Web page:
After working in recruitment for ten years, I’ve seen lots of great candidates crash and burn at interviews, even though they might have been suitable for the job and even a great fit for the company.
If there’s one thing you can never underestimate, it’s the importance of preparation, from getting clear on the basics to finding out the inside scoop before you’re in the hot seat.
Here are the top things you can do to stand out and be remembered for all the right reasons in your next job interview!
Research the Company!
It might sound obvious that you should research the company, but I’ve lost count of the number of interviews where candidates have missed this point. They’ve been vague on what the company does, unclear on what makes the company great, and weren’t clear why they would even want to work there.
Make sure you’ve got your facts straight and avoid any embarrassment by spending a little time digging online.
Check out their website and read press releases to discover what they get up to, innovations, plans for growth, and awards. These can be great discussion points in the interview and show you have a genuine interest in them.
You should also find their mission and value statements on their website. These will show you whether you’re values are aligned with theirs and will help you speak their language. People like people like them, and companies are no different.
You may also find details of investor relations and financial reports on their company website.
Make sure to check out their Linked In page. You’ll get a glimpse of what might be going on inside based on the types of things they post, whether it’s events, recruitment initiatives, or product launches.
Check out any other social media channels that they have, and remember, they will be checking yours out as well!
For more company research, check out sites like Glass Door to find out what employees say about what it’s like to work there. Don’t forget to speak to anyone in your network who may have worked there previously.
Research Key People in the Organization
Find out what the CEO has to say. Listening to interviews with the CEO or other key people within the business will give you a flavor of what the leadership is like and what their priorities are. You’re also likely to get some idea of where things are headed and what the direction of the company is in the longer term.
Research the Industry and Key Competitors
As well as knowing the company, it’s crucial to have a clear picture of the industry. Who are the key players? What makes this company stand out? What threats are the industry facing, or what changes or innovations are taking place more broadly?
Having this information will give you a chance to speak confidently and to offer your thoughts, insights, or opinions about critical things that may be taking place, showing that you are genuinely interested in the industry and what is going on and demonstrating that you are capable of global thinking.
Know Your Interviewer (s)
Interviews are about building rapport, and one thing that will help you on this front is knowing a little about your interviewer (s).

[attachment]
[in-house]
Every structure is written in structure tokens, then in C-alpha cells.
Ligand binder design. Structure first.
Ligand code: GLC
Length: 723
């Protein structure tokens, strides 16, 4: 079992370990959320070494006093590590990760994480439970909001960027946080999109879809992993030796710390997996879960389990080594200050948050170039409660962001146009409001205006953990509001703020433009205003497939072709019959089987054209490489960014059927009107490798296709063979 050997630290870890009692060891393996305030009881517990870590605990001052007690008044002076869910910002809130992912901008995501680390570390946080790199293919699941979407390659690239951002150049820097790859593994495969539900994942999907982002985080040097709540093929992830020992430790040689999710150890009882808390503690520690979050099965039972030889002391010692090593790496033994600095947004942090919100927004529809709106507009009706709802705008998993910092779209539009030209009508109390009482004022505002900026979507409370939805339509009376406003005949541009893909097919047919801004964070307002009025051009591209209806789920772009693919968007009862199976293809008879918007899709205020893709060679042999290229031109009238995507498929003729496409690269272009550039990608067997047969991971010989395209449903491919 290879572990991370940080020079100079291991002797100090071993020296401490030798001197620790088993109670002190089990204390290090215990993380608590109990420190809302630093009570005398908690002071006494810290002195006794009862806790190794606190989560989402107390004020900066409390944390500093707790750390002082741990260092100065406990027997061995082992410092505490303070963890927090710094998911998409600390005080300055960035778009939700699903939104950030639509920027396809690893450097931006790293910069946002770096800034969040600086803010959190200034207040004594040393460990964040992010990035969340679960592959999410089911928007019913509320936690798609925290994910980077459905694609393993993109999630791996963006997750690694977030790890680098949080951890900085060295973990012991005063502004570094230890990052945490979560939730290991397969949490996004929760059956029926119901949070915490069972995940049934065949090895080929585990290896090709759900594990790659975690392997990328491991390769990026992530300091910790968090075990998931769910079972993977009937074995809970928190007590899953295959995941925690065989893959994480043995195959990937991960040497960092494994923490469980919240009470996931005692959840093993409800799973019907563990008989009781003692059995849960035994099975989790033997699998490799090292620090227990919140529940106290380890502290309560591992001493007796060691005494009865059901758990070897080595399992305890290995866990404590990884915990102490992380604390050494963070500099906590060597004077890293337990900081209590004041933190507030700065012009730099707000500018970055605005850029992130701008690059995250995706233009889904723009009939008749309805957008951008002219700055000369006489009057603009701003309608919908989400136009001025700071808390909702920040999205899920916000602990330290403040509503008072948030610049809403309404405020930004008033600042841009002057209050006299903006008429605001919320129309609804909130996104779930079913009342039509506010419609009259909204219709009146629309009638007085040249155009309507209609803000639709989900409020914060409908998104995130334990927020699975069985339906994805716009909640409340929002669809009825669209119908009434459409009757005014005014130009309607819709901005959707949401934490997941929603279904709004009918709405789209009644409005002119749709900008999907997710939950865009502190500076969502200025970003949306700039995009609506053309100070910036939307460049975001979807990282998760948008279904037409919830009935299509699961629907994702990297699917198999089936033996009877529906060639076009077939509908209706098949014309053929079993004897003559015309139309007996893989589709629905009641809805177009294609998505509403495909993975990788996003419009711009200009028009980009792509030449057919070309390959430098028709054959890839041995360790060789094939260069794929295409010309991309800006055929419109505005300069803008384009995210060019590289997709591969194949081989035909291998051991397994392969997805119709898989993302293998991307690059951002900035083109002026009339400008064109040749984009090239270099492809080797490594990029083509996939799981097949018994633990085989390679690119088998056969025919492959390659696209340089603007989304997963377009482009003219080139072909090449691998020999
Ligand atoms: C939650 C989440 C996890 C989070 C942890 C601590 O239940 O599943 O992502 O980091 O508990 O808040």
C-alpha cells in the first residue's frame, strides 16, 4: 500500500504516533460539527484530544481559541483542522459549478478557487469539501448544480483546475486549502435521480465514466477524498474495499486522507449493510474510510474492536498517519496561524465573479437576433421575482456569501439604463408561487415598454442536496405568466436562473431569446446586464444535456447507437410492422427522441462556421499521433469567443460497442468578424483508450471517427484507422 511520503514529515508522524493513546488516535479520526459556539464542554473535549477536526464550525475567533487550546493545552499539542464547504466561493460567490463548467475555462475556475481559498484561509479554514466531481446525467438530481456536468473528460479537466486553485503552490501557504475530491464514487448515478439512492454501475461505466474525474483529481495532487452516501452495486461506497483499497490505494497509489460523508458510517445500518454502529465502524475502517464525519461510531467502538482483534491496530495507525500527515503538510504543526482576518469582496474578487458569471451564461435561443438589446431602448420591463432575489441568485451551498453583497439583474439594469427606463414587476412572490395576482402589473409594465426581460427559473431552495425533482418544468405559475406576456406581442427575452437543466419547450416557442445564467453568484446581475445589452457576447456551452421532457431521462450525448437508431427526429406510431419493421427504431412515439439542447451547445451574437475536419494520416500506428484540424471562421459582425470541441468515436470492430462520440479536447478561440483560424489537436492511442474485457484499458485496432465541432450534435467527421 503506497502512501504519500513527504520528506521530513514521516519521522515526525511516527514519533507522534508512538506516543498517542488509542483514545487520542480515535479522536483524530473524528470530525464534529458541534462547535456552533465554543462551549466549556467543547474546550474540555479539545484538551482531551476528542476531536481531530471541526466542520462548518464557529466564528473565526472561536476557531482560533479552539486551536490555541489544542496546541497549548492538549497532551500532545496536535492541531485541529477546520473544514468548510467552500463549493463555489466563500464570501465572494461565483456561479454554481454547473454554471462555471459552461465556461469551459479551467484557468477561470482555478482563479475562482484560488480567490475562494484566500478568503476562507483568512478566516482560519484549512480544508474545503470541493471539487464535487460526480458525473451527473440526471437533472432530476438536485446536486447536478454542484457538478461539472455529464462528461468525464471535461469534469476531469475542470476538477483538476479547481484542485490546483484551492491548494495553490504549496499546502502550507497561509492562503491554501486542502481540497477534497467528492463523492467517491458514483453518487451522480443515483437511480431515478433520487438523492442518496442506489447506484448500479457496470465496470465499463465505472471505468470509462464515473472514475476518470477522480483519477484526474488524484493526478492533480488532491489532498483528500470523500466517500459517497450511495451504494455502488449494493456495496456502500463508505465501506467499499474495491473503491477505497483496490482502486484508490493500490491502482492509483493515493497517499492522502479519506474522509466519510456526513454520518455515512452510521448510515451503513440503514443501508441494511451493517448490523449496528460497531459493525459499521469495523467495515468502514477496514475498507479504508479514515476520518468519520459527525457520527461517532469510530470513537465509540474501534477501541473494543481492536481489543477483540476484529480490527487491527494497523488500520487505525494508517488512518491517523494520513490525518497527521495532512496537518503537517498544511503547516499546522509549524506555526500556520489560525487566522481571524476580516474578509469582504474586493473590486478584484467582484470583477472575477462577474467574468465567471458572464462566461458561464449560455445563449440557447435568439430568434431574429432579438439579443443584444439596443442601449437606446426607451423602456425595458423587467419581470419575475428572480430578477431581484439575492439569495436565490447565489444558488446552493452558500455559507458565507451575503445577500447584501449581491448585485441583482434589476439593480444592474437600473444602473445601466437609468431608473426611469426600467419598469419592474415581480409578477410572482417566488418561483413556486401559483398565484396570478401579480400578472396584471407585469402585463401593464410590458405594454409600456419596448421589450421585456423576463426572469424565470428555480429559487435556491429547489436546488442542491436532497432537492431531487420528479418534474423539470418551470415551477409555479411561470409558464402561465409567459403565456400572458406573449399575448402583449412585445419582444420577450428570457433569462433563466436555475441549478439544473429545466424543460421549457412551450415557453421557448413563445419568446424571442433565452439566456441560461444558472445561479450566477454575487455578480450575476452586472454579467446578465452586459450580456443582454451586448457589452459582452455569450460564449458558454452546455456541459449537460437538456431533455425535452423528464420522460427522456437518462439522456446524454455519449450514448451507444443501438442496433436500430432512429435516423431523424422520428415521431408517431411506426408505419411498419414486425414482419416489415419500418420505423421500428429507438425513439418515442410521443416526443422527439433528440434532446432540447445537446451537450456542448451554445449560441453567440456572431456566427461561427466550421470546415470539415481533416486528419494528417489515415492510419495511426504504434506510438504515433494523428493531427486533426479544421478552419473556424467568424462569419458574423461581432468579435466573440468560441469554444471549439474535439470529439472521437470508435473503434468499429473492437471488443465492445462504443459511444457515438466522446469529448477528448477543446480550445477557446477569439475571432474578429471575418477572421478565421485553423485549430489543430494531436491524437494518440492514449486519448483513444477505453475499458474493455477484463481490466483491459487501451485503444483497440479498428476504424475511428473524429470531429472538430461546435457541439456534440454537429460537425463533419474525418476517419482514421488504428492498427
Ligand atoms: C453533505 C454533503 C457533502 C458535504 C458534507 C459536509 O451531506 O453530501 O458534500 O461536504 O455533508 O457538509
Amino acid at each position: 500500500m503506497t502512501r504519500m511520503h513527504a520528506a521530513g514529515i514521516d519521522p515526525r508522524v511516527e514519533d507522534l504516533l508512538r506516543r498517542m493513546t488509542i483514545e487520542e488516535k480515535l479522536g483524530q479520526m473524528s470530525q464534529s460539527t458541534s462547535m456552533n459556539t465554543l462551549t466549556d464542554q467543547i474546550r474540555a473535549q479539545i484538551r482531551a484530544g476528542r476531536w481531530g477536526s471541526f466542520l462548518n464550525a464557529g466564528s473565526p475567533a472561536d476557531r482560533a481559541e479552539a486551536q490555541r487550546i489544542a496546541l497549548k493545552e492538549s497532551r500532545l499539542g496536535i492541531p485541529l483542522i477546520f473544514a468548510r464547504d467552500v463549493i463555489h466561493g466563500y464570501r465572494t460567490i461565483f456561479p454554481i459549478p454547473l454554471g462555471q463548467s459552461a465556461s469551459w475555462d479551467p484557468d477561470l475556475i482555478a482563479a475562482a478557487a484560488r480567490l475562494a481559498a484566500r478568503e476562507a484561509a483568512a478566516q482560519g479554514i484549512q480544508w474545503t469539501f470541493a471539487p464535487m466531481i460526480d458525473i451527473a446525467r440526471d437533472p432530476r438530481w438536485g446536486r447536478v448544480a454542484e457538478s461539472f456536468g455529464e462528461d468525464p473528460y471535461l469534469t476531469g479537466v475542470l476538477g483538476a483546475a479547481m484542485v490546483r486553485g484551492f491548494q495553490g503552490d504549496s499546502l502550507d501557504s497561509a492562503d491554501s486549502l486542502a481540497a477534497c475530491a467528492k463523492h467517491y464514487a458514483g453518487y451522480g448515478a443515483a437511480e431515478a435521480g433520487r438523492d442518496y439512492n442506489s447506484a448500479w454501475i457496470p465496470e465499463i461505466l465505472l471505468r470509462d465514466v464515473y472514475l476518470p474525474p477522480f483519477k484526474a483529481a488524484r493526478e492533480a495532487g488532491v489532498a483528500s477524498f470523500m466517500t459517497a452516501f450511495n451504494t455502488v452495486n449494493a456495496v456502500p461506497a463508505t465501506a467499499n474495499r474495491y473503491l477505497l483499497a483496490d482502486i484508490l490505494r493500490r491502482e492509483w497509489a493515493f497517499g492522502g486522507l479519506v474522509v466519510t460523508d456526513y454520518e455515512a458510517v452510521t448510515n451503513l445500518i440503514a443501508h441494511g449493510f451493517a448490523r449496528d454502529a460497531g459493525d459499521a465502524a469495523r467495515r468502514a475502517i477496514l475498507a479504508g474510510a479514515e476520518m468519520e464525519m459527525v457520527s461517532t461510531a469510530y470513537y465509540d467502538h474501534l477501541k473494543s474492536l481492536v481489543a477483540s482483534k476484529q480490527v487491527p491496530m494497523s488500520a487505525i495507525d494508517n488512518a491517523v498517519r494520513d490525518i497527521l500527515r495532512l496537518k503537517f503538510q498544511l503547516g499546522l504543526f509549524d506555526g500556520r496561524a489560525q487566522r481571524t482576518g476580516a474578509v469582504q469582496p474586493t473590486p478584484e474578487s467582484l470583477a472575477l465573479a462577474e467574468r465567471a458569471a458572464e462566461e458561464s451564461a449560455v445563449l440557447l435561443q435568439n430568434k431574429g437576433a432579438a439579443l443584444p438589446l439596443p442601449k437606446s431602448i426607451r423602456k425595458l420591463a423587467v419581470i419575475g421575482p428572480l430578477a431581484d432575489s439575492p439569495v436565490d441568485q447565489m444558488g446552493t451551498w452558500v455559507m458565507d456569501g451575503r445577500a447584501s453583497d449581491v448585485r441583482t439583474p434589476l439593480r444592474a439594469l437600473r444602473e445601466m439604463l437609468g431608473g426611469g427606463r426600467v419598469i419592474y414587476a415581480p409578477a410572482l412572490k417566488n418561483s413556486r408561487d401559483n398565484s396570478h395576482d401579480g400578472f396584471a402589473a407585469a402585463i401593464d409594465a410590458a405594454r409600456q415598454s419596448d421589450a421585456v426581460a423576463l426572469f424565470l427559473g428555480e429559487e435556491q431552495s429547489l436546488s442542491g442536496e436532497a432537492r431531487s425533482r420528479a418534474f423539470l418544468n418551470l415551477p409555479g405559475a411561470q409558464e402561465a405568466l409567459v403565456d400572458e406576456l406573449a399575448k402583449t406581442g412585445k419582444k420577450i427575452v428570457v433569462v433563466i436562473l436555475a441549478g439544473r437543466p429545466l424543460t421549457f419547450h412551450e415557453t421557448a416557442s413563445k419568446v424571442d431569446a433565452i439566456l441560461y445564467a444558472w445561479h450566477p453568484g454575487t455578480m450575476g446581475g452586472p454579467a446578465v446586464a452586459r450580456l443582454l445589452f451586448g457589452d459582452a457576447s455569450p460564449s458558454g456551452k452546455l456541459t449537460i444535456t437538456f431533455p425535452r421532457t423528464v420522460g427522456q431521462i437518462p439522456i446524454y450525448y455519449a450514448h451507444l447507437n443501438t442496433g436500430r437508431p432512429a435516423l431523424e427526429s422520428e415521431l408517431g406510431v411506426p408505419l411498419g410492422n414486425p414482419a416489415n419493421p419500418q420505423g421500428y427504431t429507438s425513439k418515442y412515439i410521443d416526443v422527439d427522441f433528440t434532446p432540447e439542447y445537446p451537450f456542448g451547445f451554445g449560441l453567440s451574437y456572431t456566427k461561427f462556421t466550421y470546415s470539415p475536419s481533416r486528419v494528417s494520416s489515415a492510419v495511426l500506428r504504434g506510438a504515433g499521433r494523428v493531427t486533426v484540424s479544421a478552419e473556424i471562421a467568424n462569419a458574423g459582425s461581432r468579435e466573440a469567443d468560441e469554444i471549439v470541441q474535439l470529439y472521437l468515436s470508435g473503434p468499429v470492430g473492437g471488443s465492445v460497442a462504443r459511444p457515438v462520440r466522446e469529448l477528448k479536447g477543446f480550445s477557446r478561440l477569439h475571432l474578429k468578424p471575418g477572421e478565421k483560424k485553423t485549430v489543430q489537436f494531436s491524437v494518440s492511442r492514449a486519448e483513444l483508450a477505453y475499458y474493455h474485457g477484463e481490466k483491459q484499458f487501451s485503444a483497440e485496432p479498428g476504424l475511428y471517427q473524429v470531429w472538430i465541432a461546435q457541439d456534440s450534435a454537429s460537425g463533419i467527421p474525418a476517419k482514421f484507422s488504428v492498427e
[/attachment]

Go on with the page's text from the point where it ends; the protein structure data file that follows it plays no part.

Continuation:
Check out their linked-in profiles and google them! We’re not trying to get all creepy here, but if they have ever done a speech, won any awards, or been featured in the press, these are things that they’ll be proud of, and they’ll be pleased to know that you’ve been bothered to find out, especially if you’ve found them inspiring, interesting or helpful. If you come across anything not so positive, this might be best avoided!
Know the Job You’re Interviewing for
You’re in the interview, and the interviewer starts going into detail about the expectations of the role. Still, it doesn’t sound like what you applied for, and this job doesn’t sound like it’s for you.
Worse still, the interviewer opens by asking you to explain what you’re understanding of the role is and why it interests you, and you immediately mention something that is not involved. Not a good start.
Before you go to any interview, make sure you are crystal clear on what the role involves.
The first place to start is reading the job description — if there is one.
If there isn’t yet a detailed description of the role for one reason or another, ask questions. Write a list of things you want to know and discuss these with your recruiter or HR. As long as you’re polite about the whole thing, it’s normal to want to know more before committing to something that isn’t right for you.
Consider the team’s structure, how this role interacts with other functions, and the likely career pathways and progression opportunities.
Understand the Role More Deeply
Beyond reading the job description, it’s worth reaching out to professionals in similar roles on LinkedIn or other networks to get a firsthand account of what the day-to-day responsibilities entail.
While this is something I recommend to anyone looking to change career paths, It’s also incredibly valuable during a job search. Especially if you’re moving into a similar role but in a different industry or looking to step into a more senior role.
Review Your CV Thoroughly
Suppose you’ve had more than a few roles or worked in more than a few different companies as your experience builds. In that case, you’ll no doubt be asked for the reasoning behind some of the career decisions you’ve made.
You may have done multiple roles in one company or had a sideways step, which isn’t an obvious choice on the surface, or you might have gaps.
These are all part of you and your story, but before you sit in front of any interviewer, you need to be well-versed and clear on what your reasons were for making the career choices you made.